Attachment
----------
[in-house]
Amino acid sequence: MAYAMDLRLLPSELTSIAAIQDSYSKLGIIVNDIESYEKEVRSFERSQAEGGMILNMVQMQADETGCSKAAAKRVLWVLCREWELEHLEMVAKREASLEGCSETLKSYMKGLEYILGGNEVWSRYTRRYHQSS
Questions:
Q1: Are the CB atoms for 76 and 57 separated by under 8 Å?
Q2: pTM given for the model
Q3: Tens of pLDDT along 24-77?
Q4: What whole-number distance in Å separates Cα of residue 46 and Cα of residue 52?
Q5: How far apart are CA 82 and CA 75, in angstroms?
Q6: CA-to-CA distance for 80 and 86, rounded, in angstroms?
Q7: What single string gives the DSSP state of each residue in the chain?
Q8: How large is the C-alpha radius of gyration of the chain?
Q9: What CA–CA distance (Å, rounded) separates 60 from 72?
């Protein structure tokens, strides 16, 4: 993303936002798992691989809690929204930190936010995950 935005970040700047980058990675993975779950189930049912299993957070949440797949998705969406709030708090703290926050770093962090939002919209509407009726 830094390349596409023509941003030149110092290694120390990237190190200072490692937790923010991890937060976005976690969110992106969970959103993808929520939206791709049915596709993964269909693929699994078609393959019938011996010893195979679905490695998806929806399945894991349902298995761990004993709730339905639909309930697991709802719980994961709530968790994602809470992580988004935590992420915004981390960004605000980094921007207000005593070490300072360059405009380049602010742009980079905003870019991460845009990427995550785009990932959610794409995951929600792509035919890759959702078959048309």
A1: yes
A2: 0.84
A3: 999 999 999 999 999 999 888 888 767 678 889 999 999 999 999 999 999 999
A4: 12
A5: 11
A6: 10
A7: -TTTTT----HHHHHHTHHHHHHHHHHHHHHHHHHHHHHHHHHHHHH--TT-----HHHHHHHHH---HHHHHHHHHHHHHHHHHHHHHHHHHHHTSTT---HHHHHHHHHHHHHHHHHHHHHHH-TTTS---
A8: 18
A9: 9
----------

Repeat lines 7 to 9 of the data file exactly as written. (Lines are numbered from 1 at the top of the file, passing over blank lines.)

Q4: What whole-number distance in Å separates Cα of residue 46 and Cα of residue 52?
Q5: How far apart are CA 82 and CA 75, in angstroms?
Q6: CA-to-CA distance for 80 and 86, rounded, in angstroms?